Business

Statistics Dept. DG retires

Retirement comes shortly after GDP data release

 

Dr. Indu R. Bandara

A day before the release of the significantly delayed GDP growth rates of the country for the second and third quarter of this year, the Department of Census and Statistics (DCS) Director General left the department on pre-retirement leave, The Sunday Morning Business learns. 

 

Director General Dr. Indu R. Bandara confirmed to us that she is on pre-retirement leave since last Monday (14) and stated that Additional Director General P.M.P. Anura Kumara will be serving as Acting Director General of the DCS until March next year. 

 

The retirement of Bandara follows the recent retirement of the Department of Inland Revenue Commissioner General, Nadun Guruge; Department of Excise Commissioner General, A. Bodaragama; and also the recent resignations of the Export Development Board Chairman, Prabhash Subasinghe and Board of Investment Chairman, Susantha Ratnayake. 

 

With the GDP figures for the second and third quarter delayed more than usual, Opposition politicians alleged that the Government was exerting pressure on the DCS to delay and manipulate GDP figures of the said quarters. When we asked Bandara whether she had been pressured to retire, she said no and preferred to not to comment further. 

 

It should also be noted that the management of a key economic state institution refused to provide their annual statistics to us as they “are not allowed to release statistics to the media as they are significantly lower than past few years”.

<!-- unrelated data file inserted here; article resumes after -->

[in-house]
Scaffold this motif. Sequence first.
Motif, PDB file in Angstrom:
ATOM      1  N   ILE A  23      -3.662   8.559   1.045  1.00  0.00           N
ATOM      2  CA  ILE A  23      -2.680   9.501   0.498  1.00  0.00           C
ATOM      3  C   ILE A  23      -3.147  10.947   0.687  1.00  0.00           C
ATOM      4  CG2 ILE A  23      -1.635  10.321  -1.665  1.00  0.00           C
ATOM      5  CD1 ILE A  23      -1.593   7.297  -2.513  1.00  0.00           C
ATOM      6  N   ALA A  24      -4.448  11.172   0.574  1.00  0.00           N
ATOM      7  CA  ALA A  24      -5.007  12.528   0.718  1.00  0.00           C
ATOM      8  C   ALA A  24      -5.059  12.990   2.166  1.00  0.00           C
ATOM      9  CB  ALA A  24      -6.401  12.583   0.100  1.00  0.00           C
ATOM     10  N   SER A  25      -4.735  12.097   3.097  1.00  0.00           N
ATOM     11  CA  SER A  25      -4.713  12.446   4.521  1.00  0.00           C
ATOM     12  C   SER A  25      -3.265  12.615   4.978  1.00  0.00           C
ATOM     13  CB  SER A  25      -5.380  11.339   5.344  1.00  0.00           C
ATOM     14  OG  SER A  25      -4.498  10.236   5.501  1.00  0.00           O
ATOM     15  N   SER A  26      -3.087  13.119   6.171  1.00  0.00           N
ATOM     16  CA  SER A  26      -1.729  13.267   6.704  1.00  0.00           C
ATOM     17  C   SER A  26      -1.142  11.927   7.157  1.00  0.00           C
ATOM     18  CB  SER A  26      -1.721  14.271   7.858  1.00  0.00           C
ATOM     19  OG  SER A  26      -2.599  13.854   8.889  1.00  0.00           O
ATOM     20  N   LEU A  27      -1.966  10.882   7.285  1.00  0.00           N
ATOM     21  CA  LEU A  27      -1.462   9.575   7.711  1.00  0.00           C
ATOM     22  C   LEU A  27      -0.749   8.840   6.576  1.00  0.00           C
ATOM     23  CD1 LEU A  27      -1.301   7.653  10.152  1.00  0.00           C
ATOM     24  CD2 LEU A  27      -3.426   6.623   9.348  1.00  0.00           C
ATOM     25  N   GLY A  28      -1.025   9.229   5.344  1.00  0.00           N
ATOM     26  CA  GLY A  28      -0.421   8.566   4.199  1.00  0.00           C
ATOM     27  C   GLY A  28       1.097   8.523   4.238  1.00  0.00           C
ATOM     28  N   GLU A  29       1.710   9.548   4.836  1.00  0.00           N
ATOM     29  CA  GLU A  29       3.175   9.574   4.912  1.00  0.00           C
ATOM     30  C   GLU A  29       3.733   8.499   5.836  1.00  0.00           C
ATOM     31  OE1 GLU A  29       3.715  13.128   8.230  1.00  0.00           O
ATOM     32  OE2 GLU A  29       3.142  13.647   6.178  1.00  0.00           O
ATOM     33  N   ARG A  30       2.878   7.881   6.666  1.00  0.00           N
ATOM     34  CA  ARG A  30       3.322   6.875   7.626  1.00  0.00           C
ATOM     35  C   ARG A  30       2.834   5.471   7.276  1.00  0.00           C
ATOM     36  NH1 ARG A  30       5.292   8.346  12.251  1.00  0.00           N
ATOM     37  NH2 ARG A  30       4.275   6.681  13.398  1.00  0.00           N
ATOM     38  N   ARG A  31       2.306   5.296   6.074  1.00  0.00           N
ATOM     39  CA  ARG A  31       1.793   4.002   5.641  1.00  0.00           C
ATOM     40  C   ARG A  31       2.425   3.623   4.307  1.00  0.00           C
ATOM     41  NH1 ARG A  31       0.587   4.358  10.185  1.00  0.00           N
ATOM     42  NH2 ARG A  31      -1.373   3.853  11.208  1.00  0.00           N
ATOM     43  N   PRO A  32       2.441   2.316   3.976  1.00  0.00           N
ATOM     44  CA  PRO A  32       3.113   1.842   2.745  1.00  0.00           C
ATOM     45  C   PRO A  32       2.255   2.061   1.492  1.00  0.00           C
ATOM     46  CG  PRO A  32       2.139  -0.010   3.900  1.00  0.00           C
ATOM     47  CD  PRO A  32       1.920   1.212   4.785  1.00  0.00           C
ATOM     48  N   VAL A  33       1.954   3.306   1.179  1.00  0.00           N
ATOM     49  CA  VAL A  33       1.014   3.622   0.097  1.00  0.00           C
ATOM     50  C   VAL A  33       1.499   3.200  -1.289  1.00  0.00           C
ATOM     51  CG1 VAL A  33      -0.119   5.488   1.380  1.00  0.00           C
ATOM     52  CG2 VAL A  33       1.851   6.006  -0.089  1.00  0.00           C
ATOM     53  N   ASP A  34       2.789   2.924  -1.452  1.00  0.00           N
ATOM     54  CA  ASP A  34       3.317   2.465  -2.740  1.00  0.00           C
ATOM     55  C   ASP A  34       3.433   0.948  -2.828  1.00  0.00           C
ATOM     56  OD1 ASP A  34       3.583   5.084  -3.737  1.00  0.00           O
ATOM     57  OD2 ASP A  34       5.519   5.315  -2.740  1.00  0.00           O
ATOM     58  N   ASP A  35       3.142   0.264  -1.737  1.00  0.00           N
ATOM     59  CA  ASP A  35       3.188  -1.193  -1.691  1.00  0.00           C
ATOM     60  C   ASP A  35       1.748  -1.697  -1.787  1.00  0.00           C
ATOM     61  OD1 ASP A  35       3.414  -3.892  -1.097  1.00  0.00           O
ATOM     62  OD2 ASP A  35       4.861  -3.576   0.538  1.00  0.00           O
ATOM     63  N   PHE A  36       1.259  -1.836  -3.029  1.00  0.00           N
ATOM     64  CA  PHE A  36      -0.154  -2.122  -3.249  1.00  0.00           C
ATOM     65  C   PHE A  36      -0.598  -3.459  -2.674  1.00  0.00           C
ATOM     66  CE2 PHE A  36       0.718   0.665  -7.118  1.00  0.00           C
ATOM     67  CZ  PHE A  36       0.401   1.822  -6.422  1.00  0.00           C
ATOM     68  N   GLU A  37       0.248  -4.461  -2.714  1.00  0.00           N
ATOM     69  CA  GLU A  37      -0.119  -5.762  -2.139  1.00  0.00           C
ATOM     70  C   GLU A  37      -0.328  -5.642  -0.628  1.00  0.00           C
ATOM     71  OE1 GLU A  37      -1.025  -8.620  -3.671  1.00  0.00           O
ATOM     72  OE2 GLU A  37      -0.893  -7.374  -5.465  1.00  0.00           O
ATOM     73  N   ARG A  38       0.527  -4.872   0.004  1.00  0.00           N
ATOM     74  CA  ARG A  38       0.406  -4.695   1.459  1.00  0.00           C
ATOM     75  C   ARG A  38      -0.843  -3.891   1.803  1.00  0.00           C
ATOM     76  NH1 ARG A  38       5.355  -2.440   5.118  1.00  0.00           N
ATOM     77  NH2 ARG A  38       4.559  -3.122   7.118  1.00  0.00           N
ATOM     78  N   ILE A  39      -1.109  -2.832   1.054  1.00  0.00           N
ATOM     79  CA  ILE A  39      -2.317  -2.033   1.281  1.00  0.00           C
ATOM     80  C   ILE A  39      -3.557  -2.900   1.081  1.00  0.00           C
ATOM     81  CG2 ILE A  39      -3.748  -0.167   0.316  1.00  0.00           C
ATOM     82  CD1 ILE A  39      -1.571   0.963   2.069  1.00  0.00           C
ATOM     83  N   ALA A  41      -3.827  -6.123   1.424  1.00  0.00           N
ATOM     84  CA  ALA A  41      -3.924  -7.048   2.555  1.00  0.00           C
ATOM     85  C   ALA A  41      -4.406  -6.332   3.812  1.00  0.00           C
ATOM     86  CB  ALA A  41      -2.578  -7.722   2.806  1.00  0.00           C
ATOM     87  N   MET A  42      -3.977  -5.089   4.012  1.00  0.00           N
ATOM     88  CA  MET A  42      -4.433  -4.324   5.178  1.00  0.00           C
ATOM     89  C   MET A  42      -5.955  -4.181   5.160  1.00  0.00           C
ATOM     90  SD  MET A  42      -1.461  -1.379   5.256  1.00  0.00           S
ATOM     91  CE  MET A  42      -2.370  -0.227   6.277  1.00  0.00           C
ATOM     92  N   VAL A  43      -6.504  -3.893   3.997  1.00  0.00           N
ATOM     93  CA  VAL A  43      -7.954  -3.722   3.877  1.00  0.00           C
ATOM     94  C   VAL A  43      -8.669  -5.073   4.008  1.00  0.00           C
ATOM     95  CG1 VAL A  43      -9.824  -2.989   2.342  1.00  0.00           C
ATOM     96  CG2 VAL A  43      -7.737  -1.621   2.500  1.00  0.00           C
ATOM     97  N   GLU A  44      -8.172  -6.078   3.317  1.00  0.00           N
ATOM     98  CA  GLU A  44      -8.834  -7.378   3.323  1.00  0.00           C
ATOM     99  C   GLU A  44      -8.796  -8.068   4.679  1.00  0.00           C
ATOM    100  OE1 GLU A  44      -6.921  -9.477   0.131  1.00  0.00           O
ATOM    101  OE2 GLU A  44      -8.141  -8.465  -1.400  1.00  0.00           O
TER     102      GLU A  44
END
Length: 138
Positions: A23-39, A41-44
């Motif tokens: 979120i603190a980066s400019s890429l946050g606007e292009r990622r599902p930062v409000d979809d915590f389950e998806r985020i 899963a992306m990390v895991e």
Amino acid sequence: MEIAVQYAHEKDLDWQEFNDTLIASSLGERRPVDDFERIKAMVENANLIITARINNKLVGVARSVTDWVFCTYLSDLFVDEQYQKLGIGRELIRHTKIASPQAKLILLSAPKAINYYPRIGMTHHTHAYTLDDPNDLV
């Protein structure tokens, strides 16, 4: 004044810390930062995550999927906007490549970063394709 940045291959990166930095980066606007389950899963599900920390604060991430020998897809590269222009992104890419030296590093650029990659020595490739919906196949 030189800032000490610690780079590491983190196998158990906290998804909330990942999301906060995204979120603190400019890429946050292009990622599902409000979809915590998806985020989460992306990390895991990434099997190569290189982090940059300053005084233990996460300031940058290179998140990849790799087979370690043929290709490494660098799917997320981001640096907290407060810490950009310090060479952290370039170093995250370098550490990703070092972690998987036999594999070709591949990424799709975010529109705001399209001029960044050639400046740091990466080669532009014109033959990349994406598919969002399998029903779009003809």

Even though the islandwide lockdown was experiences only during about 10 days of the first quarter, first quarter GDP had contracted by 1.6%, and this statistic was considerably delayed and released only in the first week of August, the night before the general elections. Many opined that data was being held back intentionally till the end of the election, so as to prevent any political disadvantage. However, both the DCS and the Central Bank of Sri Lanka denied this allegation in August and attributed the delay purely to the pandemic. 

 

On 21 August, during a Central Bank press conference, Governor Prof. W.D. Lakshman, responding to media queries on contracted GDP growth, stated that the Central Bank and the DCS “discussed and debated” the GDP, but the department had gone ahead and released the figures they calculated. He even stated that to avoid such issues in the future, the two state institutions are building an official process to arrive at mutually agreed statistics. 

 

In mid-October, issuing a press statement, the DCS said that second quarter GDP data will be released on 15 December, along with GDP data of the third quarter of 2020. The reason provided for the delay was the seven-week long curfew imposed through half of the second quarter, which resulted in some economic activities taking place in ways different to their norms. In any other year, the quarterly GDP estimates are released in less than three months after the quarter ends. For example, second quarter GDP results are generally released before 15 September.

 

As stated, the DCS released second and third quarter GDP data on 15 December and it revealed that Q2 GDP had contracted significantly by 16.3% while Q3 recorded a growth rate of 1.5%.